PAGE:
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I am learning C# and I would like to know what is the use of a field in a C# class?

example

using System;
using System.Collections.Generic;
using System.Linq;
using System.Text;

namespace Class_Constructor_II
{
class Fields
{
    const double RandsInADollar = 7.8;
    const double RandsInAEuro = 10.83

    public double RandDollarConversion
    {
        get
        {
            return RandsInADollar / DollarRands; 
        }
        set
        {
            DollarRands = value / RandsInADollar;
        }

    }
    public double DollarRands
    {
        get;
        set;
    }

}
class Program
{
    static void Main(string[] args)
    {
        Fields f = new Fields();
         f.DollarRands = 14500000;
        Console.WriteLine(f.DollarRands);

    }
}
}
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closed as not a real question by L.B, Erno de Weerd, dtb, Abel, Henk Holterman Nov 8 '11 at 20:59

It's difficult to tell what is being asked here. This question is ambiguous, vague, incomplete, overly broad, or rhetorical and cannot be reasonably answered in its current form. For help clarifying this question so that it can be reopened, visit the help center. If this question can be reworded to fit the rules in the help center, please edit the question.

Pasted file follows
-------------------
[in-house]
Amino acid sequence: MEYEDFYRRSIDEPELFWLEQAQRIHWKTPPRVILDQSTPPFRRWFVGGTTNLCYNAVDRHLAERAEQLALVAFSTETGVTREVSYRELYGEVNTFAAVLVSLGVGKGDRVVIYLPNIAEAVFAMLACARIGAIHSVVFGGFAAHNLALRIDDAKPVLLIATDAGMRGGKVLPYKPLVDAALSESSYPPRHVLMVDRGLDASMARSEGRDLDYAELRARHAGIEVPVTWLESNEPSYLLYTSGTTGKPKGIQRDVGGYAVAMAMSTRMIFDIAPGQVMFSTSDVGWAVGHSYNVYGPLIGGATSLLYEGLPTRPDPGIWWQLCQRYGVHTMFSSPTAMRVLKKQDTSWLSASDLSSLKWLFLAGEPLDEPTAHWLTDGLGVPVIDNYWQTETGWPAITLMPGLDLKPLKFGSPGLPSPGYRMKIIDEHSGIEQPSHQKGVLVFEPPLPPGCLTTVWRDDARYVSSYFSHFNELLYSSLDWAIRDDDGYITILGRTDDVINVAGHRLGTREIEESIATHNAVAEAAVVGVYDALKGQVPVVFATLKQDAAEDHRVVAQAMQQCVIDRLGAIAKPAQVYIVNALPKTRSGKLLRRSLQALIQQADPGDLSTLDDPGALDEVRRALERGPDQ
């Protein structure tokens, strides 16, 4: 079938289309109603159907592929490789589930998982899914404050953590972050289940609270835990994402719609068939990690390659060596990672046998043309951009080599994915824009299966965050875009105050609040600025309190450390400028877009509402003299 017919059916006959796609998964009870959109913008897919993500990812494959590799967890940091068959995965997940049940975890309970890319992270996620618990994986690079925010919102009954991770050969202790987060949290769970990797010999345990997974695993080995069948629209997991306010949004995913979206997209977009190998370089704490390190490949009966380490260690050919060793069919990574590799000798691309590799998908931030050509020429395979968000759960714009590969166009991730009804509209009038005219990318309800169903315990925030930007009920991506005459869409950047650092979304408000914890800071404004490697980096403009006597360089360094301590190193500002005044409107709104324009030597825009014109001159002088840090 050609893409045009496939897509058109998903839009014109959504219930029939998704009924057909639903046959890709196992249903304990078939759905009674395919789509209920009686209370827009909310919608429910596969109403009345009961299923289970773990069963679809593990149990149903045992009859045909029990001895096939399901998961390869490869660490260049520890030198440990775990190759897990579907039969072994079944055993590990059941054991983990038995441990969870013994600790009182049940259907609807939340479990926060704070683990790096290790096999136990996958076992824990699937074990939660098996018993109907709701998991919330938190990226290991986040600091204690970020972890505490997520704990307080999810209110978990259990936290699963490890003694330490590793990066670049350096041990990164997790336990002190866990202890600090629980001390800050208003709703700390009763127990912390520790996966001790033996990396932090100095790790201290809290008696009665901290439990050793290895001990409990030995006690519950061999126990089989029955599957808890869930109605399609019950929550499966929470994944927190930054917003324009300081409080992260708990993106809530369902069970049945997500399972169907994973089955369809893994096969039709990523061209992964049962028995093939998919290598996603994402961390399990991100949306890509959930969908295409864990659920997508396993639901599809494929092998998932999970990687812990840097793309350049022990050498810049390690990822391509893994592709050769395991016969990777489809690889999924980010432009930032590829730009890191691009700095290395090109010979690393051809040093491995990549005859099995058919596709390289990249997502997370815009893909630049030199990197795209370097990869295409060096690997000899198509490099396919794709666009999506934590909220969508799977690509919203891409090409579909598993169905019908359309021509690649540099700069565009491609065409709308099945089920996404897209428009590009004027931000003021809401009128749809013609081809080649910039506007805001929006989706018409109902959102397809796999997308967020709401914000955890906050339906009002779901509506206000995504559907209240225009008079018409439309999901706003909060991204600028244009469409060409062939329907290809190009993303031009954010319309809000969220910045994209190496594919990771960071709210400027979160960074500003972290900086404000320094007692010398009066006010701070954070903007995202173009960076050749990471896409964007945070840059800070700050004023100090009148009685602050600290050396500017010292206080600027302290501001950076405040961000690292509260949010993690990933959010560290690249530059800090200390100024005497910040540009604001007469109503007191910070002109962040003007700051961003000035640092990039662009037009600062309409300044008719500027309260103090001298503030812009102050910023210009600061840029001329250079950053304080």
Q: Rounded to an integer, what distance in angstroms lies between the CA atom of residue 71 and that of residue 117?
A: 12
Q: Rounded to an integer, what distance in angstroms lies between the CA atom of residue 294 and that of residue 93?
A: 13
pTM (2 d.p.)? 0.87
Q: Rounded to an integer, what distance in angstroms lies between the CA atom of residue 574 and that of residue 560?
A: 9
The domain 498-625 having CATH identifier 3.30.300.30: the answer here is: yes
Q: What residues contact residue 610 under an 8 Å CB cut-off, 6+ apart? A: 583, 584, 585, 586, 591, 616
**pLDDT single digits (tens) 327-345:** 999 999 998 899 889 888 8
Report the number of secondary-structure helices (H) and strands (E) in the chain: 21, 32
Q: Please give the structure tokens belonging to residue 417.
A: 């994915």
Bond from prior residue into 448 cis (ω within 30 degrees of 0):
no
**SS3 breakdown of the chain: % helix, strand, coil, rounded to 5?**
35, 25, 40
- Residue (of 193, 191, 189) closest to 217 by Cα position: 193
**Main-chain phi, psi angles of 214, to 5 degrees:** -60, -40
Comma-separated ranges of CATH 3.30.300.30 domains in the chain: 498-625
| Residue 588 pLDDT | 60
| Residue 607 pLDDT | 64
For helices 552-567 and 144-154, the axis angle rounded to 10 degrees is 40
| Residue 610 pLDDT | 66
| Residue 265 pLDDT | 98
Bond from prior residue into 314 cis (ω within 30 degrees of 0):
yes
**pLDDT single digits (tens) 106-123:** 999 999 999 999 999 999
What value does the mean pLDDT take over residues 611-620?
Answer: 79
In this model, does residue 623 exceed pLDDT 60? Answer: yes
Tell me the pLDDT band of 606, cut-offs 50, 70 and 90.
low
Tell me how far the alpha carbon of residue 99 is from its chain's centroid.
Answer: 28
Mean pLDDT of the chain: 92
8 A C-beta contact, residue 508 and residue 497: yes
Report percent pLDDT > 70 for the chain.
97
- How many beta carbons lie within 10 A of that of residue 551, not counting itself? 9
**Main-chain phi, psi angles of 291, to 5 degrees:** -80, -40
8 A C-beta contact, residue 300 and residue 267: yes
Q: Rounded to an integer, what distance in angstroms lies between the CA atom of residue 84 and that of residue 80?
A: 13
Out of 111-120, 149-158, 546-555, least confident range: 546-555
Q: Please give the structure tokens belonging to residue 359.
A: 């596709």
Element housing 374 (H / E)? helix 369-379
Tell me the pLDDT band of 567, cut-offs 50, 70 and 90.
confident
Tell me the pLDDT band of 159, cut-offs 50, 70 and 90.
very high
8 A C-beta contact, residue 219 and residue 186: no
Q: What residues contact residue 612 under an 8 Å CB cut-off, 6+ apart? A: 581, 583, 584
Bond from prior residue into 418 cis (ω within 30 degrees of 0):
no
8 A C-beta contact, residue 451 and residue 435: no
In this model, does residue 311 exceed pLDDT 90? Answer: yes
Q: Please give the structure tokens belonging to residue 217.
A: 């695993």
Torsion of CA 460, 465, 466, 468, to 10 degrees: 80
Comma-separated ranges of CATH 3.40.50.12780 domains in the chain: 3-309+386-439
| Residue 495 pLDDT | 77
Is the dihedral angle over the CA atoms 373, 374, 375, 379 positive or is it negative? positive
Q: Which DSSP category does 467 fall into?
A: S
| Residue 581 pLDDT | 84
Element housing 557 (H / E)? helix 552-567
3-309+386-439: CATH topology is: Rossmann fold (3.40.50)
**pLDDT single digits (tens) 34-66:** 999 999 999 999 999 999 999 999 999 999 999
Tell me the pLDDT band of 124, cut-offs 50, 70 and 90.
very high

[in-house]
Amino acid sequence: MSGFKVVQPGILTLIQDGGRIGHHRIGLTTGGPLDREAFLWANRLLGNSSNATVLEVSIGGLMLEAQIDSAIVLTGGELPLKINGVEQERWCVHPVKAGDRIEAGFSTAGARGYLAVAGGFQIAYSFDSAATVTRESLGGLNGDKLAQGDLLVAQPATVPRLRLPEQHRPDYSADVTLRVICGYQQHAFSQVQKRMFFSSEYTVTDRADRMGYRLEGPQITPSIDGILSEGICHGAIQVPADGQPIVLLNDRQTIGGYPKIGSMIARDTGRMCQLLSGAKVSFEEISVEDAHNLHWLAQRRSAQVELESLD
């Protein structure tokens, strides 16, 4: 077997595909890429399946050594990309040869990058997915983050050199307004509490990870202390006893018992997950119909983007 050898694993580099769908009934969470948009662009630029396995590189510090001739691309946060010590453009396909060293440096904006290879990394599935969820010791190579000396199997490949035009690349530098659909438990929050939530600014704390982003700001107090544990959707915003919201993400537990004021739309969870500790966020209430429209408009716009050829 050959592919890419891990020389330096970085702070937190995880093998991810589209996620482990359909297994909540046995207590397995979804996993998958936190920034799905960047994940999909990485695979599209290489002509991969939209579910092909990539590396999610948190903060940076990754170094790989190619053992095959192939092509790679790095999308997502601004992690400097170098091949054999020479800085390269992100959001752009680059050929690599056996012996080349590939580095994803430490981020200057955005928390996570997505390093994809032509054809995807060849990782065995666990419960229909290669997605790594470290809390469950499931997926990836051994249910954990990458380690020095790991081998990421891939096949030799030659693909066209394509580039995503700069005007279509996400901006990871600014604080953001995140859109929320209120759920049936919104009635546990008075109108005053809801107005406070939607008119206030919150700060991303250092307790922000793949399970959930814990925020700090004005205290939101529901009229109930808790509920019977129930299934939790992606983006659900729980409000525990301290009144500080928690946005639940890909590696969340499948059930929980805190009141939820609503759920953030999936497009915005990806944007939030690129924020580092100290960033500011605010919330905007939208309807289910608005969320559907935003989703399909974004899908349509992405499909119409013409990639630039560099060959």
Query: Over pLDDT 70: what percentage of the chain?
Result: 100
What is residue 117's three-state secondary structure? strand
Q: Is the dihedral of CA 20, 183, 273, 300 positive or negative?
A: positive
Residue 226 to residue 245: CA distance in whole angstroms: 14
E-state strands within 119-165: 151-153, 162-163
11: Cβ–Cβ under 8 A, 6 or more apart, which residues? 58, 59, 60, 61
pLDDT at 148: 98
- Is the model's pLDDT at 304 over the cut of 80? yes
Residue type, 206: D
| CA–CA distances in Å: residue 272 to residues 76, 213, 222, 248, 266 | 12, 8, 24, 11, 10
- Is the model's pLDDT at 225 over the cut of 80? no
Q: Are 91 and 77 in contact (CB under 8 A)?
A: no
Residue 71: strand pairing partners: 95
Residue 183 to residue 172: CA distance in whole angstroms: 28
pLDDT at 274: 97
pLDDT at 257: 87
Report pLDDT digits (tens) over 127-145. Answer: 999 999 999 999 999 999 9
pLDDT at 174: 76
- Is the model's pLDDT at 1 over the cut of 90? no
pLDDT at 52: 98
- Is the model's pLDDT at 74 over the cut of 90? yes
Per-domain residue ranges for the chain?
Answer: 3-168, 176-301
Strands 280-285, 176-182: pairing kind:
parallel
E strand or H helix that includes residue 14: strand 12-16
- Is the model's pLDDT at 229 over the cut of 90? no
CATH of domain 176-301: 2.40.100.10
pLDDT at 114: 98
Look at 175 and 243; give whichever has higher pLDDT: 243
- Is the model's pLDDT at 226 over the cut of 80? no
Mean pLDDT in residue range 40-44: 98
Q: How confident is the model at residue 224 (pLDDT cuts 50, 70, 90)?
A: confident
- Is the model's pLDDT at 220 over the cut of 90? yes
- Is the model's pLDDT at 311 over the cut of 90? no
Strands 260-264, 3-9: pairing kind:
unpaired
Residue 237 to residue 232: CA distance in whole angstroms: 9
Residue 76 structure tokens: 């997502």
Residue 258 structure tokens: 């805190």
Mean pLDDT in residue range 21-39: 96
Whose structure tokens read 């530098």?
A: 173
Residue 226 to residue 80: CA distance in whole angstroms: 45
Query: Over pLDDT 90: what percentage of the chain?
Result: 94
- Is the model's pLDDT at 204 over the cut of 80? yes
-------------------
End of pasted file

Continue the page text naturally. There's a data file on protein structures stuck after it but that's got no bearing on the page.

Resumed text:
1  
Technically, your sample code does not contain any fields; it contains properties and constants. –  Jacob Nov 8 '11 at 20:13
    
Only if you replace { get; set; } with a single semicolon, will you have a field DollarRands. Currently, it's a property. –  Abel Nov 8 '11 at 20:18

3 Answers 3

up vote 4 down vote accepted

Nothing better than the MSDN Definition:

MSDN - Fields

In case Microsoft decides to change their MSDN URLs again, here it is:

A field is a variable of any type that is declared directly in a class or struct. Fields are members of their containing type.

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2  
@Gabe - Which is why I added the quoted text. :-) –  Justin Niessner Nov 8 '11 at 20:12
    
@JustinNiessner so a field is sort of like a variable? –  Aaron Nov 8 '11 at 20:17
1  
@Matthew - Fields are variables. To be more specific, they're any variable declared directly in a class or struct. Kind of like the definition says. –  Justin Niessner Nov 8 '11 at 20:19

Basically you would use them to contain data that is used internally in your class. Something that needs to exist out of method scope for instance, with a longer lifetime, such as the lifetime of the object.

Making fields public is generally considered a bad idea - you would use properties as you have in your example. However, encapsulation dictates that the rest of the world does not need to know how your class does what it does - so it can use fields to store states and values that it needs to do whatever it needs to do.

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take look to this field are class wide variable Fields

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